LONDON: In voting against Prime Minister Theresa May’s divorce deal this week, hardline supporters of Brexit risked helping those who want to undermine the whole process.
The so-called Brexiteers declared victory on Tuesday when the House of Commons rejected May’s EU withdrawal agreement for a second time.
It was an “embarrassment” that “sets us on a path to a subordinate relationship with the EU” and should be “put to bed”, declared former foreign minister Boris Johnson.
But the defeat led the way to another vote on Wednesday when MPs rejected leaving the EU without a deal — which has now opened the door to a long Brexit delay.
“The failure to pass Mrs May’s deal means Brexiteers have now cleared the way for Remainers to do their worst,” said Asa Bennett, a commentator in the Daily Telegraph newspaper.
“They plan to keep no-deal Brexit at bay, and then to target Brexit itself.”
The main group calling for a second referendum to reverse Brexit, the People’s Vote, said after the rejection that “the case for putting it to the people is getting clearer by the day”.
Some Brexit supporters acknowledged the danger and urged their colleagues to drop their opposition to May’s deal.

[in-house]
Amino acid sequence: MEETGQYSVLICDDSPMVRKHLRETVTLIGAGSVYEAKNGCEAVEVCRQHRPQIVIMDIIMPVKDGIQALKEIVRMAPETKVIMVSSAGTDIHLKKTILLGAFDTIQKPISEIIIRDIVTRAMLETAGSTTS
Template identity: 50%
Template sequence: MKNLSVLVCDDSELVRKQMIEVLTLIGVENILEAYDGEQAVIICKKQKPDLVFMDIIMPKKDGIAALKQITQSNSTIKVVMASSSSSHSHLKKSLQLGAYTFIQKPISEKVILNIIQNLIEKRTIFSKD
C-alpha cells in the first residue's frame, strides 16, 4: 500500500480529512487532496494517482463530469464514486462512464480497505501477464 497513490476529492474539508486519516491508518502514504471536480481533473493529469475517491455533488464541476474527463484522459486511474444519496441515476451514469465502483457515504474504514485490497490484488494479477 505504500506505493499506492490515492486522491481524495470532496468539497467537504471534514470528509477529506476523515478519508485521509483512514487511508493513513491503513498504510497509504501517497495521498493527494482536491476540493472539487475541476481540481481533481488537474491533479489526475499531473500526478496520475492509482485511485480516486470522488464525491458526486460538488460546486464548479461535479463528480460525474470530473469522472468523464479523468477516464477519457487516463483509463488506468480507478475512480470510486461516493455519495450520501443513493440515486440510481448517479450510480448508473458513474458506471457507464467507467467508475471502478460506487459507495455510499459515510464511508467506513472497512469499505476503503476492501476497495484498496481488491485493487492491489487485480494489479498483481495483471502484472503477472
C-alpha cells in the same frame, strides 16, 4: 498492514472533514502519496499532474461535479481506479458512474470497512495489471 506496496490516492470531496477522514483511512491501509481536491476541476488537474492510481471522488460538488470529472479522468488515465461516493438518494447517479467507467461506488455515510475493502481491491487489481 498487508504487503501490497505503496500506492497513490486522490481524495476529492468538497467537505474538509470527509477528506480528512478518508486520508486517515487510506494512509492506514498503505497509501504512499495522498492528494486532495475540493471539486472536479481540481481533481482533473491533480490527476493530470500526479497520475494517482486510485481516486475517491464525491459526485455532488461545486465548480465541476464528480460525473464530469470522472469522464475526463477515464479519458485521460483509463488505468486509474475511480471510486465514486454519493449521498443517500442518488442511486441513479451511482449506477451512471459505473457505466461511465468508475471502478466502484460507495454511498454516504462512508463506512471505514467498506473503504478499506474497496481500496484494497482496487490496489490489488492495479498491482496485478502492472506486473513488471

In an article in The Guardian, Conservative MP Ben Bradley urged them to “hold their noses, to get Brexit signed and sealed”.
“Parliament will vote for extension, and extension leads to further delay, further confusion, and great risk of Brexit not happening at all,” he wrote.
But his position drew anger on social media, where he was dismissed as a ‘traitor’ and a sell-out, revealing how much Brexit still inflames passions.
In total, 39 Conservative MPs switched from voting against the deal in January to supporting it this week.
The protests outside parliament highlighted the contradictory positions over the Brexit deal, with both pro-Europeans and eurosceptics rejoicing its defeat.
“It’s one step closer to stay in the EU,” said Nina Hawl, an 82-year-old ‘Remainer’.
“We won’t be so restricted outside the EU,” said Julie Astell, 58.
But it is not clear that either have won, noted Steve Peers, professor of law at the University of Essex.
“It remains to be seen if there are enough votes in parliament for another referendum” or to reverse Brexit, he told AFP: “So far it doesn’t seem that there are.”
Instead, “those who can accept a soft Brexit compromise are more likely to benefit”, he said, referring to a situation where Britain leaves but stays close to the EU.
Brexit supporters may yet have another chance to change their mind — May announced on Wednesday she intended to bring back the deal for a third time by March 20.